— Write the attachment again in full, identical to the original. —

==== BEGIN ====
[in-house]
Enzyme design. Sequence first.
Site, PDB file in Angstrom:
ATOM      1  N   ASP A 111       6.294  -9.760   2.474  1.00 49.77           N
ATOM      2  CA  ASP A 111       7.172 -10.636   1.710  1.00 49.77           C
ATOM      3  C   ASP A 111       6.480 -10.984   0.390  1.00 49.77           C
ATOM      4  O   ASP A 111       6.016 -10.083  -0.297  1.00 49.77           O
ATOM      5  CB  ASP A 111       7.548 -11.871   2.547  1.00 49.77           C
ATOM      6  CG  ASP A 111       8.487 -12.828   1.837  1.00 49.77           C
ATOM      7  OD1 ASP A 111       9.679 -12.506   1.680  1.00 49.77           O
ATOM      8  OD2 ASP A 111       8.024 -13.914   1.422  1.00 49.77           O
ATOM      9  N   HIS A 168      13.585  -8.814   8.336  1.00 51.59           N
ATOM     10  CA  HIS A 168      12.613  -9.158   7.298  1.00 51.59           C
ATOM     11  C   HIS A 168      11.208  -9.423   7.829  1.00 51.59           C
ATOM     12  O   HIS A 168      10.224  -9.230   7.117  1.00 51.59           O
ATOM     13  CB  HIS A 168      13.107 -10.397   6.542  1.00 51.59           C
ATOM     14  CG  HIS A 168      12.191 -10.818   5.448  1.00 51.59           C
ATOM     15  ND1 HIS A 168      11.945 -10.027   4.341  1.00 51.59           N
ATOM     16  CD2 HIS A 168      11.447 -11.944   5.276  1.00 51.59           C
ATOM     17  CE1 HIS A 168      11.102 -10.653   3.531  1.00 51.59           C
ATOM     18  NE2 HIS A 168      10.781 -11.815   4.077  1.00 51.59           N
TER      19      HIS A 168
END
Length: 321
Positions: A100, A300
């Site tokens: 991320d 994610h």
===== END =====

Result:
[in-house]
Enzyme design. Sequence first.
Site, PDB file in Angstrom:
ATOM      1  N   ASP A 111       6.294  -9.760   2.474  1.00 49.77           N
ATOM      2  CA  ASP A 111       7.172 -10.636   1.710  1.00 49.77           C
ATOM      3  C   ASP A 111       6.480 -10.984   0.390  1.00 49.77           C
ATOM      4  O   ASP A 111       6.016 -10.083  -0.297  1.00 49.77           O
ATOM      5  CB  ASP A 111       7.548 -11.871   2.547  1.00 49.77           C
ATOM      6  CG  ASP A 111       8.487 -12.828   1.837  1.00 49.77           C
ATOM      7  OD1 ASP A 111       9.679 -12.506   1.680  1.00 49.77           O
ATOM      8  OD2 ASP A 111       8.024 -13.914   1.422  1.00 49.77           O
ATOM      9  N   HIS A 168      13.585  -8.814   8.336  1.00 51.59           N
ATOM     10  CA  HIS A 168      12.613  -9.158   7.298  1.00 51.59           C
ATOM     11  C   HIS A 168      11.208  -9.423   7.829  1.00 51.59           C
ATOM     12  O   HIS A 168      10.224  -9.230   7.117  1.00 51.59           O
ATOM     13  CB  HIS A 168      13.107 -10.397   6.542  1.00 51.59           C
ATOM     14  CG  HIS A 168      12.191 -10.818   5.448  1.00 51.59           C
ATOM     15  ND1 HIS A 168      11.945 -10.027   4.341  1.00 51.59           N
ATOM     16  CD2 HIS A 168      11.447 -11.944   5.276  1.00 51.59           C
ATOM     17  CE1 HIS A 168      11.102 -10.653   3.531  1.00 51.59           C
ATOM     18  NE2 HIS A 168      10.781 -11.815   4.077  1.00 51.59           N
TER      19      HIS A 168
END
Length: 321
Positions: A100, A300
């Site tokens: 991320d 994610h």